Madison Tours, one among many American tour companies with a Christian focus, has a unique approach: Owner/operator Sandy Richardson offers reduced-rate Holy Land tours for qualified, licensed pastors so they can experience it for themselves, learn what’s available and how it can be presented, and then return with their congregations for very personal tours with pastor-picked itineraries. Richardson said she’s been doing pastor tours for 25 years.
Chen and Holt took the tour in 2018 and returned with congregants in March 2019. Some members of the group headed home after 10 days; others extended their trips into Jordan.
Each tour group is accompanied by a bus driver and a guide, as required by Israel, Richardson said. The guides are educated in ancient architecture and various faiths, but they’re not necessarily Christians. Our main guide was a second-generation Israeli-born citizen and proud of it, but a different guide had to be hired for our excursion into Bethlehem, which is administered by the Palestinian Authority, and for those traveling on to Jordan.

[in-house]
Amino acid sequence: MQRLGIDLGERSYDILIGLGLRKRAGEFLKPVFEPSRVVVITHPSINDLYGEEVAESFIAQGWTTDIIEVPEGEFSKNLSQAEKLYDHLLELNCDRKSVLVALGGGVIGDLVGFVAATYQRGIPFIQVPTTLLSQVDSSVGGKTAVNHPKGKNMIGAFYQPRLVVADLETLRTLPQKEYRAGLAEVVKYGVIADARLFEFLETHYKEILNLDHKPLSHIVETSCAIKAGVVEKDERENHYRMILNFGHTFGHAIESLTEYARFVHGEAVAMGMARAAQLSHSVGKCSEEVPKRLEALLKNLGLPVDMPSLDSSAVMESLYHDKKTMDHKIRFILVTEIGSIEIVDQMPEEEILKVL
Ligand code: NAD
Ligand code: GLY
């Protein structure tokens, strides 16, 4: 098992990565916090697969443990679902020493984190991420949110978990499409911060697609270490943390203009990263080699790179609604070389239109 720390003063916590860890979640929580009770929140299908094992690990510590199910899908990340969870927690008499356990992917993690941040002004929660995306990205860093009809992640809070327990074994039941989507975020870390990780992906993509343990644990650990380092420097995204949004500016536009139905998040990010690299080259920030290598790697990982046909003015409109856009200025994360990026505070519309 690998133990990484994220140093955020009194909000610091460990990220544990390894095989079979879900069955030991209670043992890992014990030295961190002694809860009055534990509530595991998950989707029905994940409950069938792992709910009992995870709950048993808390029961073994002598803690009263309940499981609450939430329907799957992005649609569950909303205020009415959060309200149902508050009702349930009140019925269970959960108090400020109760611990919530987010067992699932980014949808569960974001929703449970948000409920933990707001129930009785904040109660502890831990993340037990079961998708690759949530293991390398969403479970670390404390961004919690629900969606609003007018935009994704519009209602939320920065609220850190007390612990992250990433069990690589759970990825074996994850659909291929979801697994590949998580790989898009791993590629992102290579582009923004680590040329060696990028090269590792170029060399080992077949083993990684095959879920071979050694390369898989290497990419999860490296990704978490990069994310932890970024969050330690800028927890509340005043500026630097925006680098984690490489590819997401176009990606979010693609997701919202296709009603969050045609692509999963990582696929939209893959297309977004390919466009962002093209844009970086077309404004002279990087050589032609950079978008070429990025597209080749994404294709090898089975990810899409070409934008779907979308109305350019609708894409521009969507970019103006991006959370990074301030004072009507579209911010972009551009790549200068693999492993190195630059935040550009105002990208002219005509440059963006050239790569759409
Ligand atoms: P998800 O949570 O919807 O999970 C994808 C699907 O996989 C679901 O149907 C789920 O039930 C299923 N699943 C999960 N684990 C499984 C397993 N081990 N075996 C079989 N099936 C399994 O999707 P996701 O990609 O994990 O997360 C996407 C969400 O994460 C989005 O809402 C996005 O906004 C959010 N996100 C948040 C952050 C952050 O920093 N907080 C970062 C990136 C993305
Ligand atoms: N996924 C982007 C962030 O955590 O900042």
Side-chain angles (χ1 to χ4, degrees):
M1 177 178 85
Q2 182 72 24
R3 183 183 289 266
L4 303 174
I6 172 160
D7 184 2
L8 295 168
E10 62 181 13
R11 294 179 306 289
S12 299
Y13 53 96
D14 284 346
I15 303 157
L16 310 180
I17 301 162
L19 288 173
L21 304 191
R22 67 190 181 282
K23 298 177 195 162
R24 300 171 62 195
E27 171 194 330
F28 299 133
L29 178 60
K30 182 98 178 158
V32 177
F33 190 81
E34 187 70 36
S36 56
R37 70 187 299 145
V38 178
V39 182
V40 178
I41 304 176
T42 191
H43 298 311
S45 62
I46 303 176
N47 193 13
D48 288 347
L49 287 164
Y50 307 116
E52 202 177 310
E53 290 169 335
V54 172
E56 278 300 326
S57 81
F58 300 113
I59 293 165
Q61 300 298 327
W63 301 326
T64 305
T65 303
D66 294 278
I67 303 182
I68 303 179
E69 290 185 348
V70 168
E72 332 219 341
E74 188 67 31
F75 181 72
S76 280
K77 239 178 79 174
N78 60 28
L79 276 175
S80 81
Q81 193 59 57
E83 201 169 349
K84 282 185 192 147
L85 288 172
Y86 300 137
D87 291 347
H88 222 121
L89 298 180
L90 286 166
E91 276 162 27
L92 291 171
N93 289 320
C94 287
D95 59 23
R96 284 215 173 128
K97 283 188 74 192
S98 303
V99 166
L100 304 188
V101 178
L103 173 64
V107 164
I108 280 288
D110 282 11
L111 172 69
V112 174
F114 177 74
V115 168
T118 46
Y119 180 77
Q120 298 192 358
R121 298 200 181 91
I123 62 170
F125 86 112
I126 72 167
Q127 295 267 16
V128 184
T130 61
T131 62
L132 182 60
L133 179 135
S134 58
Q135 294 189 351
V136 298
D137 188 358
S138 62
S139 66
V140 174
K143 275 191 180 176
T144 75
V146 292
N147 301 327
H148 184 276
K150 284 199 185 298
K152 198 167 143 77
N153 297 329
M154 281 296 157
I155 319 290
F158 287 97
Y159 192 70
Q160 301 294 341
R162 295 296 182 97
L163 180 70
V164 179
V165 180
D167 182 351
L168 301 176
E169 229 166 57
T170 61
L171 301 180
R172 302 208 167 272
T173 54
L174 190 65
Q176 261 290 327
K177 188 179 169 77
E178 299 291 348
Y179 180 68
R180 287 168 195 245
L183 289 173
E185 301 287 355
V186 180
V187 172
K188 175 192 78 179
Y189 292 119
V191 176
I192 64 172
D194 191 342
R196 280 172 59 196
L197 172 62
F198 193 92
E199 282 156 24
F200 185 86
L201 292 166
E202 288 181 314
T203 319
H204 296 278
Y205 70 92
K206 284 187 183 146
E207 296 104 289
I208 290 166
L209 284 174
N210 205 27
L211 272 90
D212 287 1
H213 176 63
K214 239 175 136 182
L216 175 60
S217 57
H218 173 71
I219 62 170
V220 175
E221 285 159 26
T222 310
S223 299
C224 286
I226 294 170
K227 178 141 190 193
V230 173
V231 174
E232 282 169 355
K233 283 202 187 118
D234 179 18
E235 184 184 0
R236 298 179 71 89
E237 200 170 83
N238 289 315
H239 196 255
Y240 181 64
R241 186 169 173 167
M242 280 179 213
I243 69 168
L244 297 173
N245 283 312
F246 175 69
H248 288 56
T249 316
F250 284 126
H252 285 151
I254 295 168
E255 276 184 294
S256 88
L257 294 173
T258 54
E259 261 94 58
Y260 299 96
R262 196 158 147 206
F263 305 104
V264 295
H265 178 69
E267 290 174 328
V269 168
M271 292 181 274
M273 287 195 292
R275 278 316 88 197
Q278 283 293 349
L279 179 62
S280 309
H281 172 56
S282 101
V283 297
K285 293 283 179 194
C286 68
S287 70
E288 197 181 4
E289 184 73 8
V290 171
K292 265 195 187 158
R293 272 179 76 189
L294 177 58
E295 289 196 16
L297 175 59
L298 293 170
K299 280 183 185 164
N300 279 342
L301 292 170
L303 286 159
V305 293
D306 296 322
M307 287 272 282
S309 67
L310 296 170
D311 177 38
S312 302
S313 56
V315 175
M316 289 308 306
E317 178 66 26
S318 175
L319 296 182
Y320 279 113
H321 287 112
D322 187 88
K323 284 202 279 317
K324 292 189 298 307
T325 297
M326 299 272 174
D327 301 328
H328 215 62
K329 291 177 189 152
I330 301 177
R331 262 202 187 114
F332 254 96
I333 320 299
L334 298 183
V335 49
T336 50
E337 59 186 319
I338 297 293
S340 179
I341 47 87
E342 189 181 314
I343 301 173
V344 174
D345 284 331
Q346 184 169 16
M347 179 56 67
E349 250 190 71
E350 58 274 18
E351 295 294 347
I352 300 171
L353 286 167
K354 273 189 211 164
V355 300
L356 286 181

‘Being there provides context,” Holt said in a phone interview after the tour. As an example he cited the Sermon on the Mount, delivered in a natural amphitheater on the northwestern shores of the Sea of Galilee near Capernaum, a stop on the tour.
“You look at the geography and it makes complete sense. (Jesus) just walked up the little valley” with a crowd following, Holt said. “You take from (the experience) what is really meaningful.”
“As a pastor who was teaching the Bible all my life, … now I could add to it the geographical context,” Chen agreed. “It made the Bible so much more vivid and alive with the context provided. I just wanted to do the same for the congregation.”